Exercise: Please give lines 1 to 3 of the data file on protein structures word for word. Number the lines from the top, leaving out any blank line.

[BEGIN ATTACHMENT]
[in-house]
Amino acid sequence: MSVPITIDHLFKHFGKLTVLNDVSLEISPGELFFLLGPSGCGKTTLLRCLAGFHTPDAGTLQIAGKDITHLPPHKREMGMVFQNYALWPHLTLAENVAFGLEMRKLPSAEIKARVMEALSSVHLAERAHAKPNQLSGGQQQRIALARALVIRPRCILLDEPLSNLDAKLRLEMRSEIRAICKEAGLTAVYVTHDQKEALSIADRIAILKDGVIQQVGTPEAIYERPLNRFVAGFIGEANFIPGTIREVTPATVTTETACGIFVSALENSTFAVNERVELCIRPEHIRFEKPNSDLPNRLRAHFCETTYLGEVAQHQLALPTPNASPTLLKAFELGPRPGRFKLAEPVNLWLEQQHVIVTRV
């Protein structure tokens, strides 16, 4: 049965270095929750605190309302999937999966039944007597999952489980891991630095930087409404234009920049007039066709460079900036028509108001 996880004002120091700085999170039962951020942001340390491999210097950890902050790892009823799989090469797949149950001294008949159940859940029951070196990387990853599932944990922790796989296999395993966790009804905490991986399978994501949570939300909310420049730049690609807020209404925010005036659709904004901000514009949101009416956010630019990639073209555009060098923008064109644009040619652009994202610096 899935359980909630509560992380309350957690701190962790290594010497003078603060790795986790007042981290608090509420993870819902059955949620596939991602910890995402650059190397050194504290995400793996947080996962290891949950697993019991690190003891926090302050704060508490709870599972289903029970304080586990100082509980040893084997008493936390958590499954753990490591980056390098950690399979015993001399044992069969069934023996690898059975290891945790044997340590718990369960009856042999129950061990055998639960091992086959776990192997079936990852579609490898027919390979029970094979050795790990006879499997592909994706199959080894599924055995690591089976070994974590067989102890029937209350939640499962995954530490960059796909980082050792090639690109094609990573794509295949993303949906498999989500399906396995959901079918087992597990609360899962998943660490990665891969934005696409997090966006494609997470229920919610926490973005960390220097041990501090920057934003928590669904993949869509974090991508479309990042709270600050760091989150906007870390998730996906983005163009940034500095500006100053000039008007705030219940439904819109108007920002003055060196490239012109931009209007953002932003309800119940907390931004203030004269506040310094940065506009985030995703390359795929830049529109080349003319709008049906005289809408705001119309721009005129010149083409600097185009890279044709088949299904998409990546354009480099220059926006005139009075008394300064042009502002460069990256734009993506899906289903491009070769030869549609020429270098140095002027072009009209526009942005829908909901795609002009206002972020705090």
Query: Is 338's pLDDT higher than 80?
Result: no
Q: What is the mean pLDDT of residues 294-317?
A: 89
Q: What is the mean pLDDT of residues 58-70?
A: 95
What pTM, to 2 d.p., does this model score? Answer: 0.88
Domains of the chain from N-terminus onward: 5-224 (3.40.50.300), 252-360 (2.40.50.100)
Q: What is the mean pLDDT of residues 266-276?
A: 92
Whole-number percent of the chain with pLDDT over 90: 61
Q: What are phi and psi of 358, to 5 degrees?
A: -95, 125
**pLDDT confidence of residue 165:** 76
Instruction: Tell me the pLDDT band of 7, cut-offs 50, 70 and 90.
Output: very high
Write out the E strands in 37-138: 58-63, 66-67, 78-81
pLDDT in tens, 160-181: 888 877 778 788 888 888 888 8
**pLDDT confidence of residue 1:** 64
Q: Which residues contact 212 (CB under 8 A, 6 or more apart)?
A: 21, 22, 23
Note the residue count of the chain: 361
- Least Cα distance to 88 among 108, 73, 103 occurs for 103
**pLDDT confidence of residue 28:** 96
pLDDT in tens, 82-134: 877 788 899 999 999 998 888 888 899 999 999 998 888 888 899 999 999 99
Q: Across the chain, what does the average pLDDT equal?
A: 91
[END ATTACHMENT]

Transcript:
[in-house]
Amino acid sequence: MSVPITIDHLFKHFGKLTVLNDVSLEISPGELFFLLGPSGCGKTTLLRCLAGFHTPDAGTLQIAGKDITHLPPHKREMGMVFQNYALWPHLTLAENVAFGLEMRKLPSAEIKARVMEALSSVHLAERAHAKPNQLSGGQQQRIALARALVIRPRCILLDEPLSNLDAKLRLEMRSEIRAICKEAGLTAVYVTHDQKEALSIADRIAILKDGVIQQVGTPEAIYERPLNRFVAGFIGEANFIPGTIREVTPATVTTETACGIFVSALENSTFAVNERVELCIRPEHIRFEKPNSDLPNRLRAHFCETTYLGEVAQHQLALPTPNASPTLLKAFELGPRPGRFKLAEPVNLWLEQQHVIVTRV
């Protein structure tokens, strides 16, 4: 049965270095929750605190309302999937999966039944007597999952489980891991630095930087409404234009920049007039066709460079900036028509108001 996880004002120091700085999170039962951020942001340390491999210097950890902050790892009823799989090469797949149950001294008949159940859940029951070196990387990853599932944990922790796989296999395993966790009804905490991986399978994501949570939300909310420049730049690609807020209404925010005036659709904004901000514009949101009416956010630019990639073209555009060098923008064109644009040619652009994202610096 899935359980909630509560992380309350957690701190962790290594010497003078603060790795986790007042981290608090509420993870819902059955949620596939991602910890995402650059190397050194504290995400793996947080996962290891949950697993019991690190003891926090302050704060508490709870599972289903029970304080586990100082509980040893084997008493936390958590499954753990490591980056390098950690399979015993001399044992069969069934023996690898059975290891945790044997340590718990369960009856042999129950061990055998639960091992086959776990192997079936990852579609490898027919390979029970094979050795790990006879499997592909994706199959080894599924055995690591089976070994974590067989102890029937209350939640499962995954530490960059796909980082050792090639690109094609990573794509295949993303949906498999989500399906396995959901079918087992597990609360899962998943660490990665891969934005696409997090966006494609997470229920919610926490973005960390220097041990501090920057934003928590669904993949869509974090991508479309990042709270600050760091989150906007870390998730996906983005163009940034500095500006100053000039008007705030219940439904819109108007920002003055060196490239012109931009209007953002932003309800119940907390931004203030004269506040310094940065506009985030995703390359795929830049529109080349003319709008049906005289809408705001119309721009005129010149083409600097185009890279044709088949299904998409990546354009480099220059926006005139009075008394300064042009502002460069990256734009993506899906289903491009070769030869549609020429270098140095002027072009009209526009942005829908909901795609002009206002972020705090």